Hyatt 48 Lex (New York)

Room 2201: Bed by the WindowRoom 306: Facing 48th StreetRoom 306: View of the Bed from the Window AreaRoom 306: King-size BedRoom 306: Room 306: Work Area
Room 306: Porcelain Throne CornerRoom 306: VanityRoom 306: Shower StallRoom 306: View from the EntranceRoom 306: KitchenetteRoom 2201: Squeezed-in Crumpled Tissue
Room 2201: Desk Area and WindowRoom 2201: Wardrobe Armoire and Desk AreaRoom 2201: View from the Entrance

Hyatt 48 Lex, a set on Flickr.

A new baby Hyatt is recently born in New York’s Midtown East. Barely three months old in mid-December 2011 when I visited it, Hyatt 48 Lex is meant to be a boutique hotel in the vein of W, except with much less luxury. The tower has a very tight footprint, having been built on a little plot where a convenience store used to be. With 24 floors, 116 rooms and suites, each floor has 6 rooms that face either the Lexington Avenue or the 48th Street, but corner rooms are lucky to see the intersection of those two streets. The rooms begin on the 3rd floor.

Room 01 and 06 are isolated from the other rooms in the floor, while rooms 02, 03, 04 and 05 are clustered together. The façade of the lobby and ground floor restaurant, as well as the 3rd and 4th floors jut out from the rest of the tower. From floor 5 until floor 24, the tower’s façade recedes; thus, as a result, rooms on the 3rd floor have the most space compared to similar rooms on the other floor. The 4th floor rooms have private balconies, thus, less room space than those of 3rd floor rooms.

Room 306: Kitchenette by bloompy
Room 306: Kitchenette, a photo by bloompy on Flickr.

Each room has a kitchenette that is equipped with a microwave, a dishwasher, a refrigerator, glass cabinet and a liquor shelf.

Room 306: Facing 48th Street by bloompy
Room 306: Facing 48th Street, a photo by bloompy on Flickr.

My first room assignment was Room 306. The hotel was full that my request for a much higher floor could not be fulfilled. At first I was excited about room 306, because this corner room was farthest from the elevator and the rest of the other rooms on the floor, but my joy was somewhat restrained when I saw the exit door right across and the linen closet perpendicular to it.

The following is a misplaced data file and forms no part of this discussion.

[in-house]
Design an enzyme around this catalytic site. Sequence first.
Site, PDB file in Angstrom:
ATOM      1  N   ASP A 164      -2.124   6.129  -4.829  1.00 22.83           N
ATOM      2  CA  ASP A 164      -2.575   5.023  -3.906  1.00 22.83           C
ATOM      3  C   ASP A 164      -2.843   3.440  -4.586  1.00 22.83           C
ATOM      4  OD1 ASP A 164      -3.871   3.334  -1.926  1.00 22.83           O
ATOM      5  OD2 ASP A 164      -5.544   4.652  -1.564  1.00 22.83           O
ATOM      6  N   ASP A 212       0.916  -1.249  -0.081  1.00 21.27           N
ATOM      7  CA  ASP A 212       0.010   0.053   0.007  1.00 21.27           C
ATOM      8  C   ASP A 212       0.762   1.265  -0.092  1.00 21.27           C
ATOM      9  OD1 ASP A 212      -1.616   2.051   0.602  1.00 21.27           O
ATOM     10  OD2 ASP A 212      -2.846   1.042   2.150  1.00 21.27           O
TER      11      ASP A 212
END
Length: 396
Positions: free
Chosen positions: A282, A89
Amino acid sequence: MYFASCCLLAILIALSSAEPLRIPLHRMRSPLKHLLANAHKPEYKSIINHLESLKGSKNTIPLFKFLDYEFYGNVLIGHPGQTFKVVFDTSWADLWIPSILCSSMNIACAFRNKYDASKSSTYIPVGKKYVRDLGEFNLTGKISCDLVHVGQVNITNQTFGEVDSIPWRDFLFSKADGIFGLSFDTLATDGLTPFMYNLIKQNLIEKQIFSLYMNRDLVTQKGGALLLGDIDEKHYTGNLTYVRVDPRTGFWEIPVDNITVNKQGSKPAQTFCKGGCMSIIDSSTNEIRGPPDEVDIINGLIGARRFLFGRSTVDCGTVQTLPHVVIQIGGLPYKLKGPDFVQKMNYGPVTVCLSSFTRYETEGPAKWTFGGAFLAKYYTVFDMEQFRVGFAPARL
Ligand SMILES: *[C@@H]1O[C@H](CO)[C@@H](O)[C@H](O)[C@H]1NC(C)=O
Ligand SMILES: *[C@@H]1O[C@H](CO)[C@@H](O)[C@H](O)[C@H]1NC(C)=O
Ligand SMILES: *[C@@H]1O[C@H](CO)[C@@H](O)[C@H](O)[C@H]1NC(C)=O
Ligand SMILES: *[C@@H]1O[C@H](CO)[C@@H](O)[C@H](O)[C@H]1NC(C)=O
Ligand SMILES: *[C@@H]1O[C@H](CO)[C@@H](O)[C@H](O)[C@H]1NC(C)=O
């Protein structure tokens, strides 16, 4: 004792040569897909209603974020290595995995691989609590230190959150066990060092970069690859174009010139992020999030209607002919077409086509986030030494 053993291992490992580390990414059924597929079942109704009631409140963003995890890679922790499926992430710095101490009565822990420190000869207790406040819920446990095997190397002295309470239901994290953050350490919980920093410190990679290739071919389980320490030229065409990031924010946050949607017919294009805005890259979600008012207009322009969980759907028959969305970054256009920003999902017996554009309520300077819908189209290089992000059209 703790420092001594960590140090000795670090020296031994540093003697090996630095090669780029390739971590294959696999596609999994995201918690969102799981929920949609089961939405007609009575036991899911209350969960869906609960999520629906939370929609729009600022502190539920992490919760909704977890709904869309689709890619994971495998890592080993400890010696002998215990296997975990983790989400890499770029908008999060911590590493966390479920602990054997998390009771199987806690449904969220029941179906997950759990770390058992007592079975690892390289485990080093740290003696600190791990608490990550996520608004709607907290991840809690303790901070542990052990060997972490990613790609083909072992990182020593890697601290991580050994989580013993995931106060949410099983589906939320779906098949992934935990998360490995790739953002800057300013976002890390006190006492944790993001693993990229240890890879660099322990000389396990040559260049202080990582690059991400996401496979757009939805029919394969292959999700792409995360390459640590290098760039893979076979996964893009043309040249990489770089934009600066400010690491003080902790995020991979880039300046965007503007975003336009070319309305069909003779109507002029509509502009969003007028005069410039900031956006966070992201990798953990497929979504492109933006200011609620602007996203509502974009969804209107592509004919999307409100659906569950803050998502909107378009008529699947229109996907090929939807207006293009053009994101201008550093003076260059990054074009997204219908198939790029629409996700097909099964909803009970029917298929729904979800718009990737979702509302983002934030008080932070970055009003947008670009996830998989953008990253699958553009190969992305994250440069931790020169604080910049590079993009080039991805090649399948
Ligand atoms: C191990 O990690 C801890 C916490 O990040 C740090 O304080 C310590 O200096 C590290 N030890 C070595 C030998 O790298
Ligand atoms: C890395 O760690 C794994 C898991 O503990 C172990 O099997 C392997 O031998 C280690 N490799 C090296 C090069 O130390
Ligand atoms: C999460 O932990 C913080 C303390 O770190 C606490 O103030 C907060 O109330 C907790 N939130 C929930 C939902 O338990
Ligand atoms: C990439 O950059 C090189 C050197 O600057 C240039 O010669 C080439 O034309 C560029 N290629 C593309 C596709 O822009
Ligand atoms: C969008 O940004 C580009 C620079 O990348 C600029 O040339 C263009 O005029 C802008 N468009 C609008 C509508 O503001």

As one might expect, a 3rd floor room is also too close to the ground and traffic; therefore one can hear all the noises down below, even late at night. In the morning, the sound of the linen closet door’s repeated opening and closing (read: slamming) was enough of a reason to move; but there was a third and crucial reason why I finally requested to be moved after the first two nights.

The shower kept leaking water onto the floor of the bathroom. I looked closely to the bottom of the door, and found that there was a gap where water would seep out. I turned the shower head away as far as possible from the door, but water still found its way out. I ended up using 2 big towels to wipe off the floor, in addition to the poor bath mat that was already completely soaked.

Room 306: Shower Stall by bloompy
Room 306: Shower Stall, a photo by bloompy on Flickr.

I reported it to the concierge and thought the problem would be swiftly solved, but I was wrong. Someone did come by to drop off more towels to replace those other two I used to mop the floor; but not only was the problem not fixed, the staff did not even bother to take the soiled towels. The soaked bath mat and the two towels were left crumpled by the shower stall. Who does that?

I was surprised at the lack of professionalism and care of whoever came to check. When more towels are requested, most likely it means that towels had been used and would no longer be reused. Anyone dropping off fresh towels must have been from the housecleaning department; so I do not understand why that person did not even bother to pick up the towels off the floor.